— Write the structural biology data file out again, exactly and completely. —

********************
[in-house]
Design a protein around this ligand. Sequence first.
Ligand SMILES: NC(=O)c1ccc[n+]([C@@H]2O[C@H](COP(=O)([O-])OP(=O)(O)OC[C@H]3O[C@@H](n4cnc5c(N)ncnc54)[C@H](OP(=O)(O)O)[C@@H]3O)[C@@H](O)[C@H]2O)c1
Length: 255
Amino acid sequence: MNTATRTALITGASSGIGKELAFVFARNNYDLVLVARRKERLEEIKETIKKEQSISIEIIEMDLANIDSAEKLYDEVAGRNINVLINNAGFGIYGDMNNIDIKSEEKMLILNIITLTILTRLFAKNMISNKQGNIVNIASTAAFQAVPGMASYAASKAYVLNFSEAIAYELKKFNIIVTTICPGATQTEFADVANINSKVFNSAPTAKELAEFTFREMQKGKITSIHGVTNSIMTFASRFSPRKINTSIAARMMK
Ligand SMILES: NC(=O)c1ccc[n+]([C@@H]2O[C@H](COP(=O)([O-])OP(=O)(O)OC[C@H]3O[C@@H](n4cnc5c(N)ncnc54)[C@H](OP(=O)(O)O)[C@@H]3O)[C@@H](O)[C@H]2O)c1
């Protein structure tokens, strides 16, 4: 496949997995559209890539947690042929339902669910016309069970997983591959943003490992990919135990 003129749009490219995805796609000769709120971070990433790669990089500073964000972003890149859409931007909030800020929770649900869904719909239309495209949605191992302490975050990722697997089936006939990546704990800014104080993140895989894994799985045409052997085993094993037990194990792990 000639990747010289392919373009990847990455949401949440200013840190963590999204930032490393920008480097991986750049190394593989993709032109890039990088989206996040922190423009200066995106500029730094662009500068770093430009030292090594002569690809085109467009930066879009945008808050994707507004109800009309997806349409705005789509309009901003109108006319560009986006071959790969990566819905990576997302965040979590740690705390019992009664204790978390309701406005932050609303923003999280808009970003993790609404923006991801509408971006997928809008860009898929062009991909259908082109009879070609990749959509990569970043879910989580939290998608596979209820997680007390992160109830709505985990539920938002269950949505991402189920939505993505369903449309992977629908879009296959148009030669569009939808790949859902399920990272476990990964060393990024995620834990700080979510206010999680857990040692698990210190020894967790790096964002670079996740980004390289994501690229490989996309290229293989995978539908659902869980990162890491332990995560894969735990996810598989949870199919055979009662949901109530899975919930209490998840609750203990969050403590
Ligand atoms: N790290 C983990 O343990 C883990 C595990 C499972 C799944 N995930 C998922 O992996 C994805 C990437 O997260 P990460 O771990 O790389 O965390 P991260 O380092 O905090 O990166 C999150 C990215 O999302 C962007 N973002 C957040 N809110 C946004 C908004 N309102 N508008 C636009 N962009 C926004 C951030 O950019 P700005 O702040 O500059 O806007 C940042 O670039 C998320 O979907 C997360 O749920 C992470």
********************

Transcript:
[in-house]
Design a protein around this ligand. Sequence first.
Ligand SMILES: NC(=O)c1ccc[n+]([C@@H]2O[C@H](COP(=O)([O-])OP(=O)(O)OC[C@H]3O[C@@H](n4cnc5c(N)ncnc54)[C@H](OP(=O)(O)O)[C@@H]3O)[C@@H](O)[C@H]2O)c1
Length: 255
Amino acid sequence: MNTATRTALITGASSGIGKELAFVFARNNYDLVLVARRKERLEEIKETIKKEQSISIEIIEMDLANIDSAEKLYDEVAGRNINVLINNAGFGIYGDMNNIDIKSEEKMLILNIITLTILTRLFAKNMISNKQGNIVNIASTAAFQAVPGMASYAASKAYVLNFSEAIAYELKKFNIIVTTICPGATQTEFADVANINSKVFNSAPTAKELAEFTFREMQKGKITSIHGVTNSIMTFASRFSPRKINTSIAARMMK
Ligand SMILES: NC(=O)c1ccc[n+]([C@@H]2O[C@H](COP(=O)([O-])OP(=O)(O)OC[C@H]3O[C@@H](n4cnc5c(N)ncnc54)[C@H](OP(=O)(O)O)[C@@H]3O)[C@@H](O)[C@H]2O)c1
């Protein structure tokens, strides 16, 4: 496949997995559209890539947690042929339902669910016309069970997983591959943003490992990919135990 003129749009490219995805796609000769709120971070990433790669990089500073964000972003890149859409931007909030800020929770649900869904719909239309495209949605191992302490975050990722697997089936006939990546704990800014104080993140895989894994799985045409052997085993094993037990194990792990 000639990747010289392919373009990847990455949401949440200013840190963590999204930032490393920008480097991986750049190394593989993709032109890039990088989206996040922190423009200066995106500029730094662009500068770093430009030292090594002569690809085109467009930066879009945008808050994707507004109800009309997806349409705005789509309009901003109108006319560009986006071959790969990566819905990576997302965040979590740690705390019992009664204790978390309701406005932050609303923003999280808009970003993790609404923006991801509408971006997928809008860009898929062009991909259908082109009879070609990749959509990569970043879910989580939290998608596979209820997680007390992160109830709505985990539920938002269950949505991402189920939505993505369903449309992977629908879009296959148009030669569009939808790949859902399920990272476990990964060393990024995620834990700080979510206010999680857990040692698990210190020894967790790096964002670079996740980004390289994501690229490989996309290229293989995978539908659902869980990162890491332990995560894969735990996810598989949870199919055979009662949901109530899975919930209490998840609750203990969050403590
Ligand atoms: N790290 C983990 O343990 C883990 C595990 C499972 C799944 N995930 C998922 O992996 C994805 C990437 O997260 P990460 O771990 O790389 O965390 P991260 O380092 O905090 O990166 C999150 C990215 O999302 C962007 N973002 C957040 N809110 C946004 C908004 N309102 N508008 C636009 N962009 C926004 C951030 O950019 P700005 O702040 O500059 O806007 C940042 O670039 C998320 O979907 C997360 O749920 C992470």